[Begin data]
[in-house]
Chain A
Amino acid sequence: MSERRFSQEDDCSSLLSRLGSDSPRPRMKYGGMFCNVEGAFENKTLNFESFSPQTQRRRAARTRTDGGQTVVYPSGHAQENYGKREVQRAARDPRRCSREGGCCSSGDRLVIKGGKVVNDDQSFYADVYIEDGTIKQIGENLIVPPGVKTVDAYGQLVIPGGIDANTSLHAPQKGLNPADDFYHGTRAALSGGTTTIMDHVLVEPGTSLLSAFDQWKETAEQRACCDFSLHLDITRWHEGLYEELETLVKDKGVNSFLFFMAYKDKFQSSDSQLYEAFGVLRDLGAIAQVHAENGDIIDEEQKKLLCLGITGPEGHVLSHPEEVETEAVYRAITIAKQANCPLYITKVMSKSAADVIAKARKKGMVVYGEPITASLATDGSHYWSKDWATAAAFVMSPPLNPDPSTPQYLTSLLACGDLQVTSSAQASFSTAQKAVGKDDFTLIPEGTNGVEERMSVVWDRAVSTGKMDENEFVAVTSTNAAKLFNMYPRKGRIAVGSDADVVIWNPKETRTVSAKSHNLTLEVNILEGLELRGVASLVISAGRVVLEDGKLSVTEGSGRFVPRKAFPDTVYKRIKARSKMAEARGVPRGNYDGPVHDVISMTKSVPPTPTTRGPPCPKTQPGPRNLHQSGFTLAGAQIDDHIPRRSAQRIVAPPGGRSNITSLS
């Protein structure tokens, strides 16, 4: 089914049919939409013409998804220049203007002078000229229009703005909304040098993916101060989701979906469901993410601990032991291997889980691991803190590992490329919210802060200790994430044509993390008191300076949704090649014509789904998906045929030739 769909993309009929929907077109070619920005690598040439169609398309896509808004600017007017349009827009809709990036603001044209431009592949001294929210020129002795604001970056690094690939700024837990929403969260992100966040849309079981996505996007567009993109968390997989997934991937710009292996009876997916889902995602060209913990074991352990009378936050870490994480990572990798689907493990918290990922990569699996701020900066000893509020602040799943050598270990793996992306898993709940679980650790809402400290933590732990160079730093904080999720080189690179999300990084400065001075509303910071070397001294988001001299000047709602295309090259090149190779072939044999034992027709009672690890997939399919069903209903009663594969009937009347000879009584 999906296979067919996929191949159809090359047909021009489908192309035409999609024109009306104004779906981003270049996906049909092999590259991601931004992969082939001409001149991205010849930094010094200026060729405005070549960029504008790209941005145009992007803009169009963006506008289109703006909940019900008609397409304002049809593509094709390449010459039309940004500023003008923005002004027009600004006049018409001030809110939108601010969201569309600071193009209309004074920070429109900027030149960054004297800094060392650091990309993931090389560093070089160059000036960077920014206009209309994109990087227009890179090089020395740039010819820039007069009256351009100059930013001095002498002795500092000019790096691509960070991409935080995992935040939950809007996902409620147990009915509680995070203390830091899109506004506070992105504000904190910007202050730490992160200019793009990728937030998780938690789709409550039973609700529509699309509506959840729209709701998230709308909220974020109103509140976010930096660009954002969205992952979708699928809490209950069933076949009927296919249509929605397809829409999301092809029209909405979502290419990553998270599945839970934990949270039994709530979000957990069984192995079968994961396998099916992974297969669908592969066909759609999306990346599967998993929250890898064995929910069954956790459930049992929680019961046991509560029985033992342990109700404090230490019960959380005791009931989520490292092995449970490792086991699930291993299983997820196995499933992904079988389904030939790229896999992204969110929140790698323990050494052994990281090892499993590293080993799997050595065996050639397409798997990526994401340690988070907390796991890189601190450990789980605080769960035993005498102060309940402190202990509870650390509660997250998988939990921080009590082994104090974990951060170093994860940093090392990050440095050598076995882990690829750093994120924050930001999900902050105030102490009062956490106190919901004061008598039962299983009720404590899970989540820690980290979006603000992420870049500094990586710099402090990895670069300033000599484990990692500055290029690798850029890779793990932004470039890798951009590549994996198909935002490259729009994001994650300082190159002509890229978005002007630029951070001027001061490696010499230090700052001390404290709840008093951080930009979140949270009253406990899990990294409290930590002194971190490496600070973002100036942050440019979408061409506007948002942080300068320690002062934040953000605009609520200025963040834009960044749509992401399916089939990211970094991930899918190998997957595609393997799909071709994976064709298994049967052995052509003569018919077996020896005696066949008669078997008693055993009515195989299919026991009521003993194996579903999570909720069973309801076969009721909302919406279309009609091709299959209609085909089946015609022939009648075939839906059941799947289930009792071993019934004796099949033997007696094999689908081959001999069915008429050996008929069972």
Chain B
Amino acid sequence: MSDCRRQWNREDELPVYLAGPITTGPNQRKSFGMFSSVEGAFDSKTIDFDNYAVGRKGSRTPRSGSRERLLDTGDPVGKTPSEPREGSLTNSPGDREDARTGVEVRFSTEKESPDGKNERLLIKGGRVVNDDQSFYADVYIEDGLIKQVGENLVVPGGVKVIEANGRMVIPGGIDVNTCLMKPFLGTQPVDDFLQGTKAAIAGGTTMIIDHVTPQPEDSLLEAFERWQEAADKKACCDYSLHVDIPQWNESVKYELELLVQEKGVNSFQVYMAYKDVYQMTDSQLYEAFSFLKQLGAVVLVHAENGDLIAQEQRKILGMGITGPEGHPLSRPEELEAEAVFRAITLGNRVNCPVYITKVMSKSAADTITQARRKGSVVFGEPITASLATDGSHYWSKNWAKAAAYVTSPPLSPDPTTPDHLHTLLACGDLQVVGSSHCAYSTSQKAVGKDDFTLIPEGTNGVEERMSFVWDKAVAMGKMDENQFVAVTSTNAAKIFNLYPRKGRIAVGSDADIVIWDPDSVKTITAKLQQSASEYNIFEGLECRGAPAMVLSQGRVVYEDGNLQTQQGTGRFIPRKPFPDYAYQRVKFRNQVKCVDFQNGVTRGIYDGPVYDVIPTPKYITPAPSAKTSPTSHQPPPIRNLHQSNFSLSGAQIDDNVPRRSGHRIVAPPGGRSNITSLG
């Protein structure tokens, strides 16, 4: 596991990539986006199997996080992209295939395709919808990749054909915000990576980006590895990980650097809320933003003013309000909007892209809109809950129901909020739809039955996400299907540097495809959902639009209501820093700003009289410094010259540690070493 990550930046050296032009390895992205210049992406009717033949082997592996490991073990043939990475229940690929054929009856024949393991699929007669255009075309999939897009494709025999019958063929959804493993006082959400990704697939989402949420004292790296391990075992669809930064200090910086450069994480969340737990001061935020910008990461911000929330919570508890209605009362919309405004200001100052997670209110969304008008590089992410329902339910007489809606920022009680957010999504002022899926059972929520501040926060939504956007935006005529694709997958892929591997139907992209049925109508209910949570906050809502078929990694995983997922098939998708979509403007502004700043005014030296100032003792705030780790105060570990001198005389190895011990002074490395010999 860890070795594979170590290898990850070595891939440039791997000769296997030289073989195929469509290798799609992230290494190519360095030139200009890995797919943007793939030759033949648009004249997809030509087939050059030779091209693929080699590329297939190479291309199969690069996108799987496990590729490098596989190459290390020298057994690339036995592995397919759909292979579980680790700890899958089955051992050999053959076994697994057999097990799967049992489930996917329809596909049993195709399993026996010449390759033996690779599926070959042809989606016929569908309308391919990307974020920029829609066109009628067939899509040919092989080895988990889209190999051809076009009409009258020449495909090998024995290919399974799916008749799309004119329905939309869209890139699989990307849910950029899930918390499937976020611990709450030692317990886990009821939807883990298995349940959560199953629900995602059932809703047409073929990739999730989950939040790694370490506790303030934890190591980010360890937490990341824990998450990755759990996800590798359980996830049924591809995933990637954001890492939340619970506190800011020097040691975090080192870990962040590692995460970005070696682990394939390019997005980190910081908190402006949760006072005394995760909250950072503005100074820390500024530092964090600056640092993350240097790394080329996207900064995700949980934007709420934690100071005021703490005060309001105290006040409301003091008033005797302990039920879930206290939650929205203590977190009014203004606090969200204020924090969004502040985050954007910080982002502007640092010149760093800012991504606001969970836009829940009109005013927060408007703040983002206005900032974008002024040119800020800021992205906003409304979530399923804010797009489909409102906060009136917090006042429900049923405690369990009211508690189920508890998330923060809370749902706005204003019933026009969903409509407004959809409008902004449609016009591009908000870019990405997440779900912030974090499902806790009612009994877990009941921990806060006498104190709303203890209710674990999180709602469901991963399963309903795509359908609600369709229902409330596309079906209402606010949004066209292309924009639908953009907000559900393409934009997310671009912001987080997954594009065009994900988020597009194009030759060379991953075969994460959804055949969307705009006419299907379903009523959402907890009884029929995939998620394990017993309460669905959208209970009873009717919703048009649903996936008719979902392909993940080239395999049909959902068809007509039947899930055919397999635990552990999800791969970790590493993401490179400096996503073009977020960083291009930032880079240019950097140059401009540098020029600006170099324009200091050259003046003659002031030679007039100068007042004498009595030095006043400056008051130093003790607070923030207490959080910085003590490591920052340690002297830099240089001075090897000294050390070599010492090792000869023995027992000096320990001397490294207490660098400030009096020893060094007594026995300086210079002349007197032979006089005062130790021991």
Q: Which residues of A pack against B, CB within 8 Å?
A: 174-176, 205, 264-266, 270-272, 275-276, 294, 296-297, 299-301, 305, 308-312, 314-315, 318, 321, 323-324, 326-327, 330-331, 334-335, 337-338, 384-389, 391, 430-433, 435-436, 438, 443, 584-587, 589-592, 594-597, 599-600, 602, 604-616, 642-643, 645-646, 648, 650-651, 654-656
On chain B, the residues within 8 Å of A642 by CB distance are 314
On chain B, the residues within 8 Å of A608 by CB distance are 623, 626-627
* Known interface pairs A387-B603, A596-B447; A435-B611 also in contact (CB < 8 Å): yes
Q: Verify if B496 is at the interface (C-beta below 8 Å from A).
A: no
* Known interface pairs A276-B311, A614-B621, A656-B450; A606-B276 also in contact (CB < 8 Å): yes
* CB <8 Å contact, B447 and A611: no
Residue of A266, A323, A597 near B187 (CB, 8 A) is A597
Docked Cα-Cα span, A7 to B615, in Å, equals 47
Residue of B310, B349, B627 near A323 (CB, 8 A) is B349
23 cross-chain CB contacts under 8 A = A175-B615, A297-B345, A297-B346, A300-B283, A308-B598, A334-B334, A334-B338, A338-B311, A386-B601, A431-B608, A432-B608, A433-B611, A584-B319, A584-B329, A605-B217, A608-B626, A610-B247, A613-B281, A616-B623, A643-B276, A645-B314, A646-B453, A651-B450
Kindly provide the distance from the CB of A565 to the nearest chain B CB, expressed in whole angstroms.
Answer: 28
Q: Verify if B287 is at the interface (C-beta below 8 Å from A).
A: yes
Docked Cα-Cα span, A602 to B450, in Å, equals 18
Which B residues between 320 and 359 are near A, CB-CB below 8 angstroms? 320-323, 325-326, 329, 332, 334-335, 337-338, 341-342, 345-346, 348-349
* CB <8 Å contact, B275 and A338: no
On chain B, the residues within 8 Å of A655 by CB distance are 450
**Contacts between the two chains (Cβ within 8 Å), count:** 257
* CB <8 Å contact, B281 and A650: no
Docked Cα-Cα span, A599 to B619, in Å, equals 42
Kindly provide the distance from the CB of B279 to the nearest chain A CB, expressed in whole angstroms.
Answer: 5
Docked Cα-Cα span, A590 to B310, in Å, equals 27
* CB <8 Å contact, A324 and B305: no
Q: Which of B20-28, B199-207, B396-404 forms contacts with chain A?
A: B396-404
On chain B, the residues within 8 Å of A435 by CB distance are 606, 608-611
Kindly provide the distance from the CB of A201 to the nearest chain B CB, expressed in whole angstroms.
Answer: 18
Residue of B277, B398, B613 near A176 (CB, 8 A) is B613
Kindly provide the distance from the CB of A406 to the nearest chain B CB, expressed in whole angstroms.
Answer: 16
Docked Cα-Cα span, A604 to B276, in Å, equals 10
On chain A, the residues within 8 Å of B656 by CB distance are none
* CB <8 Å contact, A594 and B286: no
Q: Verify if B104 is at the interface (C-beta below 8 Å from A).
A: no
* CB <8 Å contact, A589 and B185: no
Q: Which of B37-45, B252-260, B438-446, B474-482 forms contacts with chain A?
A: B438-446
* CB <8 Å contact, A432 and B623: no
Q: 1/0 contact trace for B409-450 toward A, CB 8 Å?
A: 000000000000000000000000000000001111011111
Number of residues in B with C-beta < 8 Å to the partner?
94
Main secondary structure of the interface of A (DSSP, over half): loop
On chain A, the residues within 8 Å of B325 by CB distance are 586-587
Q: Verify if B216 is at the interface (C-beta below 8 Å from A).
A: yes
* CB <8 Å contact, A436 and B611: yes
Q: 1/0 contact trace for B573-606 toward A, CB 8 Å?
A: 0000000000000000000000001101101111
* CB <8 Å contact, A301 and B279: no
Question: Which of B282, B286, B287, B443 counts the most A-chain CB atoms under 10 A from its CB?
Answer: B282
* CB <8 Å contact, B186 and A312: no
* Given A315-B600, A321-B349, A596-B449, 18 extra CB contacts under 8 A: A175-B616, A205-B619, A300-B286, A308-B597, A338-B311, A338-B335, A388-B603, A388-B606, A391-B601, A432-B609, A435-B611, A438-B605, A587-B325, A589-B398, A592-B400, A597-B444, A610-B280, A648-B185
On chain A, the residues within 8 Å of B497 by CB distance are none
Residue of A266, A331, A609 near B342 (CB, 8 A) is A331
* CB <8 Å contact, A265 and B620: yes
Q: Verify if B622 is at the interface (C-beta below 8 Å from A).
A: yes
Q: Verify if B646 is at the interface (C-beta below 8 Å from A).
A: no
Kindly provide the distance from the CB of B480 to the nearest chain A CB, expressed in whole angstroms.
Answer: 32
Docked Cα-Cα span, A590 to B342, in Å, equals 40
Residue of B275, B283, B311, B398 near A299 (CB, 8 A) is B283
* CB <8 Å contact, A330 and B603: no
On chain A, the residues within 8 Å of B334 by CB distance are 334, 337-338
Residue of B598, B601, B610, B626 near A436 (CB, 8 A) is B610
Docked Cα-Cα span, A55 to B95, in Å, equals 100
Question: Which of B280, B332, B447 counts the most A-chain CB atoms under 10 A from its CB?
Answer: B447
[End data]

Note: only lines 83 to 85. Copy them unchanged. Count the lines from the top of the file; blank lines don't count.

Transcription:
Docked Cα-Cα span, A55 to B95, in Å, equals 100
Question: Which of B280, B332, B447 counts the most A-chain CB atoms under 10 A from its CB?
Answer: B447